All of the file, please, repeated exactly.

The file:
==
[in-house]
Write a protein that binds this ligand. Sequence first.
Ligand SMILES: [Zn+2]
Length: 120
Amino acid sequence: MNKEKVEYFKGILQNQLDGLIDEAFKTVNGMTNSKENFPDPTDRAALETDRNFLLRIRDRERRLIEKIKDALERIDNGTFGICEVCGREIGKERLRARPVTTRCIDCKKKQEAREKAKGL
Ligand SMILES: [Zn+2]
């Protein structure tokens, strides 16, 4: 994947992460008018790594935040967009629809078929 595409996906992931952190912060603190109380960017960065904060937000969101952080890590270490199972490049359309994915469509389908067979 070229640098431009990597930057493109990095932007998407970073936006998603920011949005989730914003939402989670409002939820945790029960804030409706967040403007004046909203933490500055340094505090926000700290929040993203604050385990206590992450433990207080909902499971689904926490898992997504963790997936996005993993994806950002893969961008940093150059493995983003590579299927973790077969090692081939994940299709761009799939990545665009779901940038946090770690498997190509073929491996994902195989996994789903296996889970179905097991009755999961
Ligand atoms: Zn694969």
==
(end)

[in-house]
Write a protein that binds this ligand. Sequence first.
Ligand SMILES: [Zn+2]
Length: 120
Amino acid sequence: MNKEKVEYFKGILQNQLDGLIDEAFKTVNGMTNSKENFPDPTDRAALETDRNFLLRIRDRERRLIEKIKDALERIDNGTFGICEVCGREIGKERLRARPVTTRCIDCKKKQEAREKAKGL
Ligand SMILES: [Zn+2]
């Protein structure tokens, strides 16, 4: 994947992460008018790594935040967009629809078929 595409996906992931952190912060603190109380960017960065904060937000969101952080890590270490199972490049359309994915469509389908067979 070229640098431009990597930057493109990095932007998407970073936006998603920011949005989730914003939402989670409002939820945790029960804030409706967040403007004046909203933490500055340094505090926000700290929040993203604050385990206590992450433990207080909902499971689904926490898992997504963790997936996005993993994806950002893969961008940093150059493995983003590579299927973790077969090692081939994940299709761009799939990545665009779901940038946090770690498997190509073929491996994902195989996994789903296996889970179905097991009755999961
Ligand atoms: Zn694969």